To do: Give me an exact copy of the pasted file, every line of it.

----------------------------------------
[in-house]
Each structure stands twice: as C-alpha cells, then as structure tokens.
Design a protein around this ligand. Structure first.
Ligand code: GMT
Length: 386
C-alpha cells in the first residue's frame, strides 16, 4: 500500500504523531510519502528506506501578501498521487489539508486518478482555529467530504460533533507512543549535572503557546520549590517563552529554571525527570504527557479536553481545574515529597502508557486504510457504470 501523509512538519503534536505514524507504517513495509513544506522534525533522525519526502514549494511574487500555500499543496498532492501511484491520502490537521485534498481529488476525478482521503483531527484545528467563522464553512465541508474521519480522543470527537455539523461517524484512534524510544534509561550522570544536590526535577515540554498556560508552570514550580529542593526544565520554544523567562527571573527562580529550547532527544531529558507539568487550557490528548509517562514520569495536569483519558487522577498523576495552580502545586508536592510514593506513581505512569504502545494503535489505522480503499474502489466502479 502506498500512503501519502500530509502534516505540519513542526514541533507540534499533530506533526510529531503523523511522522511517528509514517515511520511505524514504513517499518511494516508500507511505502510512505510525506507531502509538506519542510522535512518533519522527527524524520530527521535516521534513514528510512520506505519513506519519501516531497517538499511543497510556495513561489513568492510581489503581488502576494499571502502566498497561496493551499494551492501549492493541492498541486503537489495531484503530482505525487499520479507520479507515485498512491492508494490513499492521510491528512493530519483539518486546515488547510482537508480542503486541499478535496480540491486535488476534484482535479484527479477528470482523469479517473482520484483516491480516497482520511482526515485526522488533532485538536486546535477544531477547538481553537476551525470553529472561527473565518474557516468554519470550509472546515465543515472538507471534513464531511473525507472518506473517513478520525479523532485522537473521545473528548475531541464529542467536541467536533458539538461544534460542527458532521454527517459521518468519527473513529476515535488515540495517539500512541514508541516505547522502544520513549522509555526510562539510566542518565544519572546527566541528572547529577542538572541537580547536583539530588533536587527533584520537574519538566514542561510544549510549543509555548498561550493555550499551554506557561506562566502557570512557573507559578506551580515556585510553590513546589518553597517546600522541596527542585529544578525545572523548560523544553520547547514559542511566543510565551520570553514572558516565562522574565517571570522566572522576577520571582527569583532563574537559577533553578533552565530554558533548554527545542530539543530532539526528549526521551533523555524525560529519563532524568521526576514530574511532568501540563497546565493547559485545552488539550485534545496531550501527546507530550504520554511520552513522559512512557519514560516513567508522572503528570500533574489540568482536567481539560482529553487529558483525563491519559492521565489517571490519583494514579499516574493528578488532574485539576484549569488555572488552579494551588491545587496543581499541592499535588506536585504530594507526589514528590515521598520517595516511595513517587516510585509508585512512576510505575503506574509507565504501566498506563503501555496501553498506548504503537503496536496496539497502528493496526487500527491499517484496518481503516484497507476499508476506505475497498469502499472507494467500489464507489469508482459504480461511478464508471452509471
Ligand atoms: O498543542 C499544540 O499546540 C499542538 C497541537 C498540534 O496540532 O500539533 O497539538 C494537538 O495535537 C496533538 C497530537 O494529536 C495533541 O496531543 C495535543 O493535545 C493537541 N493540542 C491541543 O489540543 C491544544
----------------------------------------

[in-house]
Each structure stands twice: as C-alpha cells, then as structure tokens.
Design a protein around this ligand. Structure first.
Ligand code: GMT
Length: 386
C-alpha cells in the first residue's frame, strides 16, 4: 500500500504523531510519502528506506501578501498521487489539508486518478482555529467530504460533533507512543549535572503557546520549590517563552529554571525527570504527557479536553481545574515529597502508557486504510457504470 501523509512538519503534536505514524507504517513495509513544506522534525533522525519526502514549494511574487500555500499543496498532492501511484491520502490537521485534498481529488476525478482521503483531527484545528467563522464553512465541508474521519480522543470527537455539523461517524484512534524510544534509561550522570544536590526535577515540554498556560508552570514550580529542593526544565520554544523567562527571573527562580529550547532527544531529558507539568487550557490528548509517562514520569495536569483519558487522577498523576495552580502545586508536592510514593506513581505512569504502545494503535489505522480503499474502489466502479 502506498500512503501519502500530509502534516505540519513542526514541533507540534499533530506533526510529531503523523511522522511517528509514517515511520511505524514504513517499518511494516508500507511505502510512505510525506507531502509538506519542510522535512518533519522527527524524520530527521535516521534513514528510512520506505519513506519519501516531497517538499511543497510556495513561489513568492510581489503581488502576494499571502502566498497561496493551499494551492501549492493541492498541486503537489495531484503530482505525487499520479507520479507515485498512491492508494490513499492521510491528512493530519483539518486546515488547510482537508480542503486541499478535496480540491486535488476534484482535479484527479477528470482523469479517473482520484483516491480516497482520511482526515485526522488533532485538536486546535477544531477547538481553537476551525470553529472561527473565518474557516468554519470550509472546515465543515472538507471534513464531511473525507472518506473517513478520525479523532485522537473521545473528548475531541464529542467536541467536533458539538461544534460542527458532521454527517459521518468519527473513529476515535488515540495517539500512541514508541516505547522502544520513549522509555526510562539510566542518565544519572546527566541528572547529577542538572541537580547536583539530588533536587527533584520537574519538566514542561510544549510549543509555548498561550493555550499551554506557561506562566502557570512557573507559578506551580515556585510553590513546589518553597517546600522541596527542585529544578525545572523548560523544553520547547514559542511566543510565551520570553514572558516565562522574565517571570522566572522576577520571582527569583532563574537559577533553578533552565530554558533548554527545542530539543530532539526528549526521551533523555524525560529519563532524568521526576514530574511532568501540563497546565493547559485545552488539550485534545496531550501527546507530550504520554511520552513522559512512557519514560516513567508522572503528570500533574489540568482536567481539560482529553487529558483525563491519559492521565489517571490519583494514579499516574493528578488532574485539576484549569488555572488552579494551588491545587496543581499541592499535588506536585504530594507526589514528590515521598520517595516511595513517587516510585509508585512512576510505575503506574509507565504501566498506563503501555496501553498506548504503537503496536496496539497502528493496526487500527491499517484496518481503516484497507476499508476506505475497498469502499472507494467500489464507489469508482459504480461511478464508471452509471
Ligand atoms: O498543542 C499544540 O499546540 C499542538 C497541537 C498540534 O496540532 O500539533 O497539538 C494537538 O495535537 C496533538 C497530537 O494529536 C495533541 O496531543 C495535543 O493535545 C493537541 N493540542 C491541543 O489540543 C491544544